Ok now onto Gone Girl by Gillian Flynn.

It’s hard to give a summary of this book without giving too much away. So we’ll go with this:

On his 5th wedding anniversary, Nick has breakfast with his wife, Amy and then leaves for work. He later finds the front door to his house wide open, the cat outside, and the living room a mess. His wife is gone. Who took her? Is she still alive? Was Nick actually involved? The cops seem to think he may be, especially as the investigation continues.

Like the synopsis? I know it doesn’t really give you anything to go off of besides “it’s an investigative thriller” so hopefully my spoiler-free review will.

I cared very little about the plot of this story. I did not care what happened in the story, it could have ended in any way and I wouldn’t have cared more one way than the other. That’s not to say the book was bad, in-fact I loved this book and the ending as well. I enjoyed what happened, how it progressed and all the twists, but I was too much enveloped by the characters to care what happened to them. I know that sounds weird, you’d think if I was so enveloped with the characters I would only care more about what their fate had in store, I know and I can’t really explain.

But I can try.

In many books, a bad plot is often waived by amazing characters, or terrible characters are only bearable because of the gripping plot. Don’t get me wrong, the plot for Gone Girl is great, no doubt, but when a good plot is so overshadowed by characters, characters that are literally fun to be around, you no longer care where they go, just as long as they keep going.

It wasn’t just Nick that was enthralling, every character, Amy, his sister, Go, the cops, the neighbors, the parents, every person was so concrete that you pictured this Mississippi Riverside town vividly.

But what made these characters so enriched? Well, to start the writing was solid. Each character was his own. All were convincing but the best thing about the characters was not one of them was perfect, and all of them were in some way very messed up.

I love messed up characters, especially ones as conniving, low, and downright crazy as the ones in Gone Girl. It makes you love them, it makes you hate them, it makes you not care what happens to them and love everything that does, all the good and all the bad they run into through the story… And there was a lot of bad!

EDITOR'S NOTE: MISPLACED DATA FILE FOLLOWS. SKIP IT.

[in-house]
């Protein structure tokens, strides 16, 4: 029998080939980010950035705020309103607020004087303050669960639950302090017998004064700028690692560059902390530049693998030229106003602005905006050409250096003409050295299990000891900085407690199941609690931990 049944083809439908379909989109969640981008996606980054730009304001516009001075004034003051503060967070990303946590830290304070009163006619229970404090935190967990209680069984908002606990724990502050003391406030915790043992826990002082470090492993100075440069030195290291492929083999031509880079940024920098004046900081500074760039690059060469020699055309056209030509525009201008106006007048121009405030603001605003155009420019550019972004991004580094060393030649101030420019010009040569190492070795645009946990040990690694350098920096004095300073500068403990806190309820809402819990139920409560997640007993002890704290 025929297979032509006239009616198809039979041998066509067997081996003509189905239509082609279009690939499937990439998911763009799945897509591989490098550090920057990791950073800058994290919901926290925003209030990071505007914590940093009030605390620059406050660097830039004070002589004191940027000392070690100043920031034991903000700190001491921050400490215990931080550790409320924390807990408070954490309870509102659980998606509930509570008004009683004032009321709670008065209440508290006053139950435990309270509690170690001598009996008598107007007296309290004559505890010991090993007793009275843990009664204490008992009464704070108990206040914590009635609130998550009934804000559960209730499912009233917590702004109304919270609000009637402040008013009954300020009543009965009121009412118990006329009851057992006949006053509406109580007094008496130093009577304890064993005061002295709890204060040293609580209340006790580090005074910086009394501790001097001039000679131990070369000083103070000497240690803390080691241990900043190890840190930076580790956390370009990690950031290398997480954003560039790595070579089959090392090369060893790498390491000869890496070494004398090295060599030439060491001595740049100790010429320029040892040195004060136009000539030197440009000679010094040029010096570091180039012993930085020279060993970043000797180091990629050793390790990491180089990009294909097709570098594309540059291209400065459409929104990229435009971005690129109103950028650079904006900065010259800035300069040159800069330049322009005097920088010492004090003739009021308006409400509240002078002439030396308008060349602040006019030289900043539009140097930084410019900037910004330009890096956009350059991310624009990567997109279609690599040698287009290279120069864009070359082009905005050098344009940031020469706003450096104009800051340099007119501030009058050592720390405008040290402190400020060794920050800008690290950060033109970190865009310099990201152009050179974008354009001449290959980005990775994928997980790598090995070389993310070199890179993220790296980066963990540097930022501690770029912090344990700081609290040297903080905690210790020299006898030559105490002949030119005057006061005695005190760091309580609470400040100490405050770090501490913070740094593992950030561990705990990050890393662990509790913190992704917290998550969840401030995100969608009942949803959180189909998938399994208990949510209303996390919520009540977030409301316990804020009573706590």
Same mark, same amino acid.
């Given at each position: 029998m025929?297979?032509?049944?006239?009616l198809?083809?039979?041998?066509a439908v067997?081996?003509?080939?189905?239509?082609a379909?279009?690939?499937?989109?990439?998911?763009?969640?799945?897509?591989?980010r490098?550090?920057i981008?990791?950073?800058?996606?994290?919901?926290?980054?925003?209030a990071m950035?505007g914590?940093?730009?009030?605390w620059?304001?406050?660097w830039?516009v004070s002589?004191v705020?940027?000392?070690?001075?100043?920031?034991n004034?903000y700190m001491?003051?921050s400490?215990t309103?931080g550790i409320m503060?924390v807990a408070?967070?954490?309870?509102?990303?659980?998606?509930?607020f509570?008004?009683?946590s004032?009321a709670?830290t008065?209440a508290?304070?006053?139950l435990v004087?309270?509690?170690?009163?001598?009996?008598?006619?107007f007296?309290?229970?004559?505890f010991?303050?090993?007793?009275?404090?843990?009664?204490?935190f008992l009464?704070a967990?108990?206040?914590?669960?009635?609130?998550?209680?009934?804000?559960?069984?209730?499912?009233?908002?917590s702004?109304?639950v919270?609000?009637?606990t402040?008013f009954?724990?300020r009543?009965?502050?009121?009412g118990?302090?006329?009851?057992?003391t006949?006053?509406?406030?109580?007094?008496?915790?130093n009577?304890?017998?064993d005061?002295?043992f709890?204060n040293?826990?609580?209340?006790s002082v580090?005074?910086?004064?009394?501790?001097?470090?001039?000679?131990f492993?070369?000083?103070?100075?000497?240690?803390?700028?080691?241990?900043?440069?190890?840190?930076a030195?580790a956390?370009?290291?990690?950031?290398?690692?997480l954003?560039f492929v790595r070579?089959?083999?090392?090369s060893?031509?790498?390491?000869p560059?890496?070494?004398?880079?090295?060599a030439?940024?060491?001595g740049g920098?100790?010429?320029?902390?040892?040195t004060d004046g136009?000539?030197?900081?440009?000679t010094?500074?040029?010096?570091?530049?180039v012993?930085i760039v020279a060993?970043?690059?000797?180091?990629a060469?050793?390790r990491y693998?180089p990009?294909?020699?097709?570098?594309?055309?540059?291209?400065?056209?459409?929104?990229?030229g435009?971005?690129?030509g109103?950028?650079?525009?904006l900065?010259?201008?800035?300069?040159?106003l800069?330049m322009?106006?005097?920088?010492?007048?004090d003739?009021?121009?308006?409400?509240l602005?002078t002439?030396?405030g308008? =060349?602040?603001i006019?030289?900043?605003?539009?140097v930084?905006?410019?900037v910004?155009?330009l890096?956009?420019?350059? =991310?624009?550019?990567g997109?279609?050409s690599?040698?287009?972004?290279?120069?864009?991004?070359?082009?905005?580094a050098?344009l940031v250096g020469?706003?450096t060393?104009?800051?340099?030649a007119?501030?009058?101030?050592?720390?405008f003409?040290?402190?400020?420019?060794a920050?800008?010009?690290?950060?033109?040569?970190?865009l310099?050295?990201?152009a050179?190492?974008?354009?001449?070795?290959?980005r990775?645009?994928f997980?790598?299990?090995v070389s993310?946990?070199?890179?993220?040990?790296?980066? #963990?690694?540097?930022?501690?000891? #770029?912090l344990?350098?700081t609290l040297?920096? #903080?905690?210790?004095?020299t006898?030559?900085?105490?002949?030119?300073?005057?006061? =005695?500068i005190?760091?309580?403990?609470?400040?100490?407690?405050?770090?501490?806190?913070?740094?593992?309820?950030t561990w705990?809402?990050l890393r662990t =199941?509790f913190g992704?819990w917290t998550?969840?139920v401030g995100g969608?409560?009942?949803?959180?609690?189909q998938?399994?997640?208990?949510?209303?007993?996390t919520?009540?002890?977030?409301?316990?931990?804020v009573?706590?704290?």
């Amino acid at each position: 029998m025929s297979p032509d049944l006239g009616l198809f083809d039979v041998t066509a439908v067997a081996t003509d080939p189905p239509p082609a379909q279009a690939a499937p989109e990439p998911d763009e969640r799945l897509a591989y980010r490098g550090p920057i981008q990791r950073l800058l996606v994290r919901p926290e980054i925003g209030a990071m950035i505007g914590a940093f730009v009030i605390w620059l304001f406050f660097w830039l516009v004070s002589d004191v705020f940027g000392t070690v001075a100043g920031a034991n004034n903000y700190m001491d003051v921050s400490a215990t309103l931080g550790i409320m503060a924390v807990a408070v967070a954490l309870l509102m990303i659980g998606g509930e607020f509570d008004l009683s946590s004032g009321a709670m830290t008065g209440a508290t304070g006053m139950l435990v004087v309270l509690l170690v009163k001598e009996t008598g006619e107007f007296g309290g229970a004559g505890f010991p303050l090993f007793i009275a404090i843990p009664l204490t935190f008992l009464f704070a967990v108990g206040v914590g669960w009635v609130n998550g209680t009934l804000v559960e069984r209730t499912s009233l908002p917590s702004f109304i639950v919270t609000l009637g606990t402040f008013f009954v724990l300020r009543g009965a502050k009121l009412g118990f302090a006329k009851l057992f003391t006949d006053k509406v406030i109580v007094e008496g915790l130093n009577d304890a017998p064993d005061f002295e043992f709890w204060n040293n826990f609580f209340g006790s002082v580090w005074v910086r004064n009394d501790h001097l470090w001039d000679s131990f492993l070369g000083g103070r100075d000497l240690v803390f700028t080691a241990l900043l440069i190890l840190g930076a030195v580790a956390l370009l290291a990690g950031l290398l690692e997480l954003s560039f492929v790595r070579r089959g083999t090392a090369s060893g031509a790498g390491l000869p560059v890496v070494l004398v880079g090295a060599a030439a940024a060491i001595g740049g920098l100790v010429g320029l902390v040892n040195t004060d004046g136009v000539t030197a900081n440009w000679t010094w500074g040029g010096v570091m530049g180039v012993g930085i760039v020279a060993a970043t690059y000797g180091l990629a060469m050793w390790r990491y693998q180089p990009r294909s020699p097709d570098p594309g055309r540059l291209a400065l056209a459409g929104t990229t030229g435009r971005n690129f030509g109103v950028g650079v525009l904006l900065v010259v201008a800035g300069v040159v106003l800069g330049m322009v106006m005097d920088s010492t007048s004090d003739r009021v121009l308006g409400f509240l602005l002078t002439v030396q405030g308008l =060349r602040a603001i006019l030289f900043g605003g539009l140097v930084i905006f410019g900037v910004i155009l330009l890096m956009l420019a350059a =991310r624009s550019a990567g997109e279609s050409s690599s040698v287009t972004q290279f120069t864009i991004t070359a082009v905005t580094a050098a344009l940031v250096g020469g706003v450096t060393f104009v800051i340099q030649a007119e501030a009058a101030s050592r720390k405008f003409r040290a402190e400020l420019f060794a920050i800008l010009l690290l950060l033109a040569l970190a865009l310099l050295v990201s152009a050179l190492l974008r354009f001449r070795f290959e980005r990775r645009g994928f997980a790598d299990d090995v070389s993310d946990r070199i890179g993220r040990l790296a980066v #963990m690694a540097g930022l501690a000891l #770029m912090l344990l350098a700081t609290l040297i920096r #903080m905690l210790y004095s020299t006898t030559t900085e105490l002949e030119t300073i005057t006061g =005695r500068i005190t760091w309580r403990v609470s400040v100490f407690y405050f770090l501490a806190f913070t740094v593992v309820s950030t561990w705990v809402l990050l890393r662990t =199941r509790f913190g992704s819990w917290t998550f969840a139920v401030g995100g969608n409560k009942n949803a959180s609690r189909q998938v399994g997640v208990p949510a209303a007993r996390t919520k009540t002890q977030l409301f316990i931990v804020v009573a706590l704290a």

So, if you want great characters that will stick with you, a twisting, deranged mystery that deepens as the story continues, pick up Gone Girl.

Also, one little thing I found interesting: in the acknowledgements Gillian Flynn talks about her son whom she simply calls Flynn. I think that for an author, who for whatever reason they may have, wants to not display their child’s name, simply calling them by the surname is kind of genius- and if I have a child I may do that someday.

Mull Over Movies: Wreck-It Ralph

I know this one has been out now for a bit, I probably should have done the review a couple of weeks back, but here it is anyways.

Wreck-It Ralph is about Ralph, the bad guy from a video game who wants to not be the “bad guy” any more. He ends up going into different games trying to earn a hero’s medal to prove he can be the good guy. Through his adventure he meets a glitch named Vanellope, a quirky little race girl and he begins to understand what really matters.

I loved this movie. It has great moments of nostalgia. You will find yourself pointing at the screen, recalling different video game characters you recognize. Beyond nostalgic, the movie offers a solid and very funny plot. It’s one of those rare movies that the humor can be appreciated by anyone of any age, not separate adult humor hidden behind subtle innuendos that make movies like Shrek and Toy Story popular. I highly recommend, whether you see this movie by yourself, with a 5 year old, or a group of friends, you go see the movie.